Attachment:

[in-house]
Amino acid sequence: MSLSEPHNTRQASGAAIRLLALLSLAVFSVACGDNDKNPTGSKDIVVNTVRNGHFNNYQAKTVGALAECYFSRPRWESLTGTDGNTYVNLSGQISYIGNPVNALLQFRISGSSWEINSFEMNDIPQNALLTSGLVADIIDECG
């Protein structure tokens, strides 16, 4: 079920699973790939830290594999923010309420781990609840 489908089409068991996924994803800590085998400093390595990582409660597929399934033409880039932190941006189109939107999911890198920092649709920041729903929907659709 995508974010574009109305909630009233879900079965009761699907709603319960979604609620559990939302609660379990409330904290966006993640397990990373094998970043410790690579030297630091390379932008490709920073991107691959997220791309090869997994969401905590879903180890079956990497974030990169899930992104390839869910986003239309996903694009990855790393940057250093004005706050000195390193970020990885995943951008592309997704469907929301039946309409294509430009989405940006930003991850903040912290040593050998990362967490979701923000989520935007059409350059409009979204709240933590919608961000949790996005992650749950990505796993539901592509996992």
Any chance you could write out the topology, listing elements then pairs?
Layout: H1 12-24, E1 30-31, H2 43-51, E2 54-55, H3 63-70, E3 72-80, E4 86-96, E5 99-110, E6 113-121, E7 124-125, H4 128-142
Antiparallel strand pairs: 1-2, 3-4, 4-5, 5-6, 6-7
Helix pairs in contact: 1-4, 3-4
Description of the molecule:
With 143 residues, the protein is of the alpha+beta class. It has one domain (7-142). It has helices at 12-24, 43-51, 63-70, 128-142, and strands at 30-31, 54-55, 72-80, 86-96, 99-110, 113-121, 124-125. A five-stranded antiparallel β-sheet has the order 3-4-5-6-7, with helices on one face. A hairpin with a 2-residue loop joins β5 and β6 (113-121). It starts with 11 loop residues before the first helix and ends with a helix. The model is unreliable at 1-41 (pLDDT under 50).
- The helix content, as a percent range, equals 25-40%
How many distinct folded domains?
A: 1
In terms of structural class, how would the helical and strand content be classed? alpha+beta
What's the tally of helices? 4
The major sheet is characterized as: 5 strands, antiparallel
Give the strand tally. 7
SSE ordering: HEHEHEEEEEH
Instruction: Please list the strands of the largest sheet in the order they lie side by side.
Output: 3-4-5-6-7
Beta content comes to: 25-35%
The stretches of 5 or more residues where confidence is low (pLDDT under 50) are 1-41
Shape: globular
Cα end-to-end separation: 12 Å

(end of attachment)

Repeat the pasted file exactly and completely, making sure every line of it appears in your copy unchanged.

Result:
[in-house]
Amino acid sequence: MSLSEPHNTRQASGAAIRLLALLSLAVFSVACGDNDKNPTGSKDIVVNTVRNGHFNNYQAKTVGALAECYFSRPRWESLTGTDGNTYVNLSGQISYIGNPVNALLQFRISGSSWEINSFEMNDIPQNALLTSGLVADIIDECG
């Protein structure tokens, strides 16, 4: 079920699973790939830290594999923010309420781990609840 489908089409068991996924994803800590085998400093390595990582409660597929399934033409880039932190941006189109939107999911890198920092649709920041729903929907659709 995508974010574009109305909630009233879900079965009761699907709603319960979604609620559990939302609660379990409330904290966006993640397990990373094998970043410790690579030297630091390379932008490709920073991107691959997220791309090869997994969401905590879903180890079956990497974030990169899930992104390839869910986003239309996903694009990855790393940057250093004005706050000195390193970020990885995943951008592309997704469907929301039946309409294509430009989405940006930003991850903040912290040593050998990362967490979701923000989520935007059409350059409009979204709240933590919608961000949790996005992650749950990505796993539901592509996992």
Any chance you could write out the topology, listing elements then pairs?
Layout: H1 12-24, E1 30-31, H2 43-51, E2 54-55, H3 63-70, E3 72-80, E4 86-96, E5 99-110, E6 113-121, E7 124-125, H4 128-142
Antiparallel strand pairs: 1-2, 3-4, 4-5, 5-6, 6-7
Helix pairs in contact: 1-4, 3-4
Description of the molecule:
With 143 residues, the protein is of the alpha+beta class. It has one domain (7-142). It has helices at 12-24, 43-51, 63-70, 128-142, and strands at 30-31, 54-55, 72-80, 86-96, 99-110, 113-121, 124-125. A five-stranded antiparallel β-sheet has the order 3-4-5-6-7, with helices on one face. A hairpin with a 2-residue loop joins β5 and β6 (113-121). It starts with 11 loop residues before the first helix and ends with a helix. The model is unreliable at 1-41 (pLDDT under 50).
- The helix content, as a percent range, equals 25-40%
How many distinct folded domains?
A: 1
In terms of structural class, how would the helical and strand content be classed? alpha+beta
What's the tally of helices? 4
The major sheet is characterized as: 5 strands, antiparallel
Give the strand tally. 7
SSE ordering: HEHEHEEEEEH
Instruction: Please list the strands of the largest sheet in the order they lie side by side.
Output: 3-4-5-6-7
Beta content comes to: 25-35%
The stretches of 5 or more residues where confidence is low (pLDDT under 50) are 1-41
Shape: globular
Cα end-to-end separation: 12 Å